The players almost to a man wonder "Why not Marshawn?"  At some point that question is going to fester into an ugly mess and have to be dealt with.  Before that happens, before the players' already eroded faith in their leadership's decision making ability is shaken irreparably, something unequivocal has to take place.

Pete Carroll, bless him, is faithful and supportive to a fault.  But he MUST decide to whom he owes his ultimate support: the questionable play calling coach, or to the 12s.  Because in the end, his support and faith in the questionable play cost the 12s another superbowl championship team.  He HAS to have had deep reservations about the play.  

If I had been drafted to make that play call, it would have been a play action play of some sort, involving Lynch and Wilson, the two best rushers on the team.  I would have done that three times, if necessary.  It was 2nd down, after all, and the Seahawks had a timeout remaining.

Pete Carroll is going to have to deal with the unavoidable loss of confidence that play call has generated, and will continue to generate, especially in the locker room and when thought of in the light of the Atlanta game in the 2012 season's playoffs.

Maybe it's time for a new offensive coordinator, if for no other reason than to show solidarity with the fans, who know perfectly well that the called play was probably the worst possible type of play to call, other than a punt.  And it worked out that way.


Here you go, Roger Goodell.  You're the commish.  You run the NFL.  Tough job.  Your Keystone Kops approach to management is proof of this.  However, it could be easier.  Here's how:

1.  Manage organizations, not individuals.  That means you discipline teams, not people.  You investigate teams, not people.  If people / players offend, you punish the team.  Let the team punish the people.

2.  That said, establish minimum behavior standards for people.  If people violate those standards, punish the teams.  If people commit such grievous offenses that they tarnish the NFL image, 'discharge' the offender AND punish the team.

How would that approach apply to, say, deflate gate?  Easy.
1.  The ball(s) were delivered into the Patriot's responsibility after having been tested and certified to meet standards.
2.  The balls failed those standards after being the Patriot's responsibility.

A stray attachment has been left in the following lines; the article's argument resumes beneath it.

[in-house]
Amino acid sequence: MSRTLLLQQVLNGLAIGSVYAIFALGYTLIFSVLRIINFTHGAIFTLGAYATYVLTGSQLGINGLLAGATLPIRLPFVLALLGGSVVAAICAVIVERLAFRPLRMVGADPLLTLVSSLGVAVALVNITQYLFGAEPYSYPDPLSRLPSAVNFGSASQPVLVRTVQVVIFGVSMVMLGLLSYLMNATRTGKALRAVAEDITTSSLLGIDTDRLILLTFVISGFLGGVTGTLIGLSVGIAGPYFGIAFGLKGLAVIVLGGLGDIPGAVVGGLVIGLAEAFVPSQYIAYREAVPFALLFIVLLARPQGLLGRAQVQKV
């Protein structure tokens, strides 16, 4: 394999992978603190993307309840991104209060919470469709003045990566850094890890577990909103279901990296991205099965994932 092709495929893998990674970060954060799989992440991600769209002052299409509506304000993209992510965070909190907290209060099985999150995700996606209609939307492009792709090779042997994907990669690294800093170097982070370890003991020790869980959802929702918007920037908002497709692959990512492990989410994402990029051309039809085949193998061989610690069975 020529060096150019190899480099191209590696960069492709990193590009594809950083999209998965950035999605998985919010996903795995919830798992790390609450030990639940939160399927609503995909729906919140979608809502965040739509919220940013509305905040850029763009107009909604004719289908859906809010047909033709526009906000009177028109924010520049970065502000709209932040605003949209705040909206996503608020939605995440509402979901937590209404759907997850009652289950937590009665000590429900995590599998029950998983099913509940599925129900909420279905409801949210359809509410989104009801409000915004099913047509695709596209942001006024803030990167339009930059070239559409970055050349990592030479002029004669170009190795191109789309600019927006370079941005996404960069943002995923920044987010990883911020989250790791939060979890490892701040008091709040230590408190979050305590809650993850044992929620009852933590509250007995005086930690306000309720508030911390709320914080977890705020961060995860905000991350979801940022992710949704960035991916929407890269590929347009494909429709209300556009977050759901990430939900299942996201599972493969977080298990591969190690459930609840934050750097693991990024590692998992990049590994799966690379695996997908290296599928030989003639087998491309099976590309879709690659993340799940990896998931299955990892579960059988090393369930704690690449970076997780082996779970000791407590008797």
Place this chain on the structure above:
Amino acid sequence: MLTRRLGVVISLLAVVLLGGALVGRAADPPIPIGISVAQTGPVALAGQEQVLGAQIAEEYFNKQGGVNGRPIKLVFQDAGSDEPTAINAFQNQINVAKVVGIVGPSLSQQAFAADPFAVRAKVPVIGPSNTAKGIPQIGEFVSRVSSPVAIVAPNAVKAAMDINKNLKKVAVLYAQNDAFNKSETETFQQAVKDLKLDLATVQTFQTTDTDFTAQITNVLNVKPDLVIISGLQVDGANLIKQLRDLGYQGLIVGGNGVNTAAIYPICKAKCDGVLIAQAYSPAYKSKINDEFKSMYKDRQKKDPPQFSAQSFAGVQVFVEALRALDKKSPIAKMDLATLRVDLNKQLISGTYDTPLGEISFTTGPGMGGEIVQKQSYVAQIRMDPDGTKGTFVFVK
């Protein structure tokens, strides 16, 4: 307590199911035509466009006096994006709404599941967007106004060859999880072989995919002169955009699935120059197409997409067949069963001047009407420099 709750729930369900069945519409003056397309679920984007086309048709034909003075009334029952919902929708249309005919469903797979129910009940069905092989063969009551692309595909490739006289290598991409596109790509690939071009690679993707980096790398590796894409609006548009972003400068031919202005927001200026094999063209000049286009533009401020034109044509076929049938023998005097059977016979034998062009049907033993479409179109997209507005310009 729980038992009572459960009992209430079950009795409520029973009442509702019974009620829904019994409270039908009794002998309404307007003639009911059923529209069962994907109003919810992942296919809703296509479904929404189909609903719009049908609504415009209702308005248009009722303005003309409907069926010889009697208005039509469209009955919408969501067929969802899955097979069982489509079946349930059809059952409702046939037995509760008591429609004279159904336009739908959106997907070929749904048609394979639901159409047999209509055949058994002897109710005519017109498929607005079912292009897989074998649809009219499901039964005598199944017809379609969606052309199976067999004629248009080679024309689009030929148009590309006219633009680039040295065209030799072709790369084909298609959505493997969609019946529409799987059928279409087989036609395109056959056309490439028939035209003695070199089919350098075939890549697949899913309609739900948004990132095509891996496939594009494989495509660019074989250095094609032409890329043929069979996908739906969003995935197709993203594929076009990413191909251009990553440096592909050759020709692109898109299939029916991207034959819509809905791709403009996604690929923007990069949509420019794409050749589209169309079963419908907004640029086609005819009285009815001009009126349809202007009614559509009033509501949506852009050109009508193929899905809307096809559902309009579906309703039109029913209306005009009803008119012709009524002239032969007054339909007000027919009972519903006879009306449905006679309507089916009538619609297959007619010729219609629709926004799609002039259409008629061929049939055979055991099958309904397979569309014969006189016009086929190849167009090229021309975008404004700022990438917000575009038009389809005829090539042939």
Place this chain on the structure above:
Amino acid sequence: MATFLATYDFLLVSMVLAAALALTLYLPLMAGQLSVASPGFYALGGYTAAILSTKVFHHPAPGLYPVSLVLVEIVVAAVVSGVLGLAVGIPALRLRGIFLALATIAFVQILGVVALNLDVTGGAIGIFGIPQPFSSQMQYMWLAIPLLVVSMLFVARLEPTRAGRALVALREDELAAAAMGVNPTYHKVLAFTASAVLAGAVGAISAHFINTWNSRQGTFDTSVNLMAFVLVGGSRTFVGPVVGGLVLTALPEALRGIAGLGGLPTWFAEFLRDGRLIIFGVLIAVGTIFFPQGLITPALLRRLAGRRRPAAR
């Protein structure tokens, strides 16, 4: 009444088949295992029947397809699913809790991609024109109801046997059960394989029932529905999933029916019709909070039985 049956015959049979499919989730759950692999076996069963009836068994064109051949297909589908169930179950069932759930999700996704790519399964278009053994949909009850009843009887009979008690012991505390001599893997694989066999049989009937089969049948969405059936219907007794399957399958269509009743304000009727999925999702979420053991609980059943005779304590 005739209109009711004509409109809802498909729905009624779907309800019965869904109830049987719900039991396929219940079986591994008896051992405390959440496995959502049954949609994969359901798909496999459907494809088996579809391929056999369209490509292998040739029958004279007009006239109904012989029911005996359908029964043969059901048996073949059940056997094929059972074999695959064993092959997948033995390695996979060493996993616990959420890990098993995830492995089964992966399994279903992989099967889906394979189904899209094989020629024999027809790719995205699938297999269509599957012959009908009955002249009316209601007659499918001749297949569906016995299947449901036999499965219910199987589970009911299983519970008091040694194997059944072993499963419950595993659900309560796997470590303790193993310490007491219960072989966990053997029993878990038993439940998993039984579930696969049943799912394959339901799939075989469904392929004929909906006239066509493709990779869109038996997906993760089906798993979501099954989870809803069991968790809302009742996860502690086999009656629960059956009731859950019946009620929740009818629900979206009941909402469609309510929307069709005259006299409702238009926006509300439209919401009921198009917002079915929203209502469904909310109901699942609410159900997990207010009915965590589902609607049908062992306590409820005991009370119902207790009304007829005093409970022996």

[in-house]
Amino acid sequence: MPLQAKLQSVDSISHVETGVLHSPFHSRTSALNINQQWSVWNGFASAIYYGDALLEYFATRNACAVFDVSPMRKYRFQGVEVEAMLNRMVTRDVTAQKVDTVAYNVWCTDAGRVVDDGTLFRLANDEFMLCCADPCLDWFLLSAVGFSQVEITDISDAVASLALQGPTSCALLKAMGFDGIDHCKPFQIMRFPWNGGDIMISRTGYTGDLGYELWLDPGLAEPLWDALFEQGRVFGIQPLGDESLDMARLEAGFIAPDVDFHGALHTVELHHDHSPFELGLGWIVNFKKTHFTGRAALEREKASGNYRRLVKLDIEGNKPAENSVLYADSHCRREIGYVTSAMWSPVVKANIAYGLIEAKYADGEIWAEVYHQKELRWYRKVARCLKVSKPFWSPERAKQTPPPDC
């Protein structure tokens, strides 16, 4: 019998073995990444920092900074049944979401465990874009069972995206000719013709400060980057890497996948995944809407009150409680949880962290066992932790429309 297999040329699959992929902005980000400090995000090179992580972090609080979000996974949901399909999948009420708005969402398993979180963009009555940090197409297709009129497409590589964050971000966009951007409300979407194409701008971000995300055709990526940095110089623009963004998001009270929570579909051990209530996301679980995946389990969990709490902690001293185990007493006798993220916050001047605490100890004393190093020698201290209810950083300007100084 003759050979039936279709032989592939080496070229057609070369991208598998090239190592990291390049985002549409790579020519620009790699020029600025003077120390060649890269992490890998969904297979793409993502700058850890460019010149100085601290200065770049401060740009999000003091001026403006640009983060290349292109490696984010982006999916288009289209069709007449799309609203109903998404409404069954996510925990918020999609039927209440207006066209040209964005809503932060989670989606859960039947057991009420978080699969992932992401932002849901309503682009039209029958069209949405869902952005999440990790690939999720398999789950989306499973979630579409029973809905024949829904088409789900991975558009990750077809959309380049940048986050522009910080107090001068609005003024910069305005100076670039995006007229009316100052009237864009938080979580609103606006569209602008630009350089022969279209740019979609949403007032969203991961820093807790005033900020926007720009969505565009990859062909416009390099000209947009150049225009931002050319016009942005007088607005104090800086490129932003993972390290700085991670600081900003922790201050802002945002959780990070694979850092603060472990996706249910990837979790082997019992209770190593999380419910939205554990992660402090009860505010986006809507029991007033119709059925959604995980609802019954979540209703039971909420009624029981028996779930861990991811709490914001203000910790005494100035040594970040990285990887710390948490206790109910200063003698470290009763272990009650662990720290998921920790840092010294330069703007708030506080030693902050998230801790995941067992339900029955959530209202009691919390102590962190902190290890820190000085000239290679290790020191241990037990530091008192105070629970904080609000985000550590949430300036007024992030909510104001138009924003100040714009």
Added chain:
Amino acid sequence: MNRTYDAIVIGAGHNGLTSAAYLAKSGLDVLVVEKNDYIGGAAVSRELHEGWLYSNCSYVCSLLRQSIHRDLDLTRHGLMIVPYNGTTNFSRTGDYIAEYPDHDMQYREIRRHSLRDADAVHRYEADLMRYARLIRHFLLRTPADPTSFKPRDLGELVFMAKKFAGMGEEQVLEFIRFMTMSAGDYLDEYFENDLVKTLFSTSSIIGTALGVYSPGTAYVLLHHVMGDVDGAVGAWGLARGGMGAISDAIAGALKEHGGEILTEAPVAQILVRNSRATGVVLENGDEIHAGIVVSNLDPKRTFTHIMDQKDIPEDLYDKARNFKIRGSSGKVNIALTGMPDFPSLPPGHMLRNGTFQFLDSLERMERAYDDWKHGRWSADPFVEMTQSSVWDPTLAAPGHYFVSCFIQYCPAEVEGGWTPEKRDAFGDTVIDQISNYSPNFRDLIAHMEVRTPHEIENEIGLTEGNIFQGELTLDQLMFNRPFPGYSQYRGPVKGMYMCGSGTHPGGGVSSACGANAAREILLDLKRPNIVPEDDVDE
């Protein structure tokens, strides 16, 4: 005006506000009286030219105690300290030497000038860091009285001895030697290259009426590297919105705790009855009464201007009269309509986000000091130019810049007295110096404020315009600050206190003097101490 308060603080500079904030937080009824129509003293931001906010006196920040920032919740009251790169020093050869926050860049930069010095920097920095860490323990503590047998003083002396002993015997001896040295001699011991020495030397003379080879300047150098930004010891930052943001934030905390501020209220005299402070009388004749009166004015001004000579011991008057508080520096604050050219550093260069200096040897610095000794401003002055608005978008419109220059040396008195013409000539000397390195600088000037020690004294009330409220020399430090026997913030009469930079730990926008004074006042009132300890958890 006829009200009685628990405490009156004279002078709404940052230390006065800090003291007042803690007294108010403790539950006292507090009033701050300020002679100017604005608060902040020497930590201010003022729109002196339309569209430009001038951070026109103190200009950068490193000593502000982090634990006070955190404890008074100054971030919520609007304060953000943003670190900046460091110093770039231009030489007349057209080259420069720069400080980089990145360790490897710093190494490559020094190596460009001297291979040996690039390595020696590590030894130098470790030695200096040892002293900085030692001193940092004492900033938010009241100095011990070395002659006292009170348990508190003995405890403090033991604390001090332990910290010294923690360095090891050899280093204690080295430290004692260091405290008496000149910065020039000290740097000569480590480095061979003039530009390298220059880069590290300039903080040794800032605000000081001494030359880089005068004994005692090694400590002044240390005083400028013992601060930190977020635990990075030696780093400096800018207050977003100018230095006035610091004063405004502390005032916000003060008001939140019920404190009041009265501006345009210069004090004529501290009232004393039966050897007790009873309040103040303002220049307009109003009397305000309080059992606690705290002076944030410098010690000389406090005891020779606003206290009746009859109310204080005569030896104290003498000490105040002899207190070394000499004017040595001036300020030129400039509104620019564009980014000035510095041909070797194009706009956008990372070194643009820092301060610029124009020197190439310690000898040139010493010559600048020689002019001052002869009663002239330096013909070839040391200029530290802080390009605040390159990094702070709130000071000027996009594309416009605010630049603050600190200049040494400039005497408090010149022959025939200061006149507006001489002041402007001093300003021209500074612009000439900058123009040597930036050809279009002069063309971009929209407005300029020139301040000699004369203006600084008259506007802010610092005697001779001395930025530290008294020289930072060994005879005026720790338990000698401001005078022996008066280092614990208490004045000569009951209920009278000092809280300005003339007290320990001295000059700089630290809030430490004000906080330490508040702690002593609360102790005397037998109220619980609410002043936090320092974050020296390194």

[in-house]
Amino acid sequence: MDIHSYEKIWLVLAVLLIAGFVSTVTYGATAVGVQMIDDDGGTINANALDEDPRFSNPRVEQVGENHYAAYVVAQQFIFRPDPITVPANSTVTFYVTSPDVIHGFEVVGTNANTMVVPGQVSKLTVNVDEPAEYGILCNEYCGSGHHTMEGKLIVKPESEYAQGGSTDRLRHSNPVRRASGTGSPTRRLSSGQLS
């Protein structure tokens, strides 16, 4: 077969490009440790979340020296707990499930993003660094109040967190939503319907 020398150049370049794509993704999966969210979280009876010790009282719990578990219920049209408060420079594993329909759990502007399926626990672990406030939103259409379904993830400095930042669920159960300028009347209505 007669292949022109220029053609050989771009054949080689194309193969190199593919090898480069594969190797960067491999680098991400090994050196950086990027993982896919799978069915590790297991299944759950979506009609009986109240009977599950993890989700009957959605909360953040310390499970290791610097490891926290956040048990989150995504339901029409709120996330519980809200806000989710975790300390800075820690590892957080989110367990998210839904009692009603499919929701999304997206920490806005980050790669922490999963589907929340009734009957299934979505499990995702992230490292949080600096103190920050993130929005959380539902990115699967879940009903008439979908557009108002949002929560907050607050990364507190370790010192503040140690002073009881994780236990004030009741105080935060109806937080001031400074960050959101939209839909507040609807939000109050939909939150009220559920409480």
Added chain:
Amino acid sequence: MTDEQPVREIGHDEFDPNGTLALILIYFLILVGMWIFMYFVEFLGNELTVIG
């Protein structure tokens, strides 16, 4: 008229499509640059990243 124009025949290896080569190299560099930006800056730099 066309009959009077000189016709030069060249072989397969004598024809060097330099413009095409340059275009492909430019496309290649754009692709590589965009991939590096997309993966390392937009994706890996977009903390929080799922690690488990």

-- Ergo, the Patriots are responsible for the condition of the balls.  Punish the Patriots.  If the Patriots are interested in finding out who actually 'adjusted' the balls and why, let the Patriots do the investigating.  But as far as the NFL is concerned, this issue is dealt with and closed.

You're welcome, Roger.  LMK when the check is in the mail for my services.

Wednesday, January 21, 2015

Marshawn, Belichick, and the NFL Soap Opera

Put ME in Charge!

Marshawn, we all love how you run.  But we deplore your hypocrisy.  You have a charity to benefit the youth of the neighborhood you came from.  But what message are you sending them when:
1.  You ignore what you promised to do when you signed your contract with the NFL (you promised to make yourself available to the media but you do not);
2.  You arrogantly walk into the end zone knowing perfectly well that is taunting and should have, in the playoffs, cost your team a touchdown and fifteen yards;
3.  You grab your crotch when you score, even though you've been fined for that before.

This behavior is telling those youth you claim you care about that the rules don't apply to you, that your word (your signature) means nothing because you're talented and bad and whatever.  Is that really what you want them to take away from your success? That the rich and talented don't have to live by the rules?  That rules and agreements can be broken if you think it's cool to do so?  

If I were the NFL I would sit you for the second half of the Superbowl game as a penalty.  But more on the ineptitude of the NFL later.

Underinflated balls?  Really?  And this AFTER spy gate?  Those balls were provided by the Patriot organization.  Penalize the organization in some meaningful, painful way.  Not just a fine.  The quarterback, at least, knew they were underinflated because he handled them every snap.  For his failure to report the problem, suspend him the next game (the superbowl) with loss of both game pay and superbowl bonus.  Each receiver knew, if they caught balls, that the balls were underinflated.  They elected not to report it.  Bench them for the next game.  Ditto the running backs.

However, money talks.  The superbowl is BIG money for the NFL, so what they will do is invent some harsh-sounding but essentially meaningless and non-crippling punishment.  The superbowl will not be impacted.

So put your Ostrich Killer in charge of NFL discipline.  Here's what I would do:
1.  Develop, implement, and enforce a standard penalty system for infractions.  No more making it all up as we go along, as the NFL seems to be doing.  For example, intentionally breach your contract (like Marshawn does) and suffer an automatic one game suspension - the next game - along with the loss of that game's pay.  Next infraction the penalties double, and include your coaches.  Each subsequent infraction penalty doubles the previous one.
2.  Any felony investigation seats that player with pay until either a verdict is returned or charges are not pressed.
3.  Get rid of 'special' offense penalties - examples include domestic violence, DUI, etc - and let the legal system handle them.  See the next rule for more on this.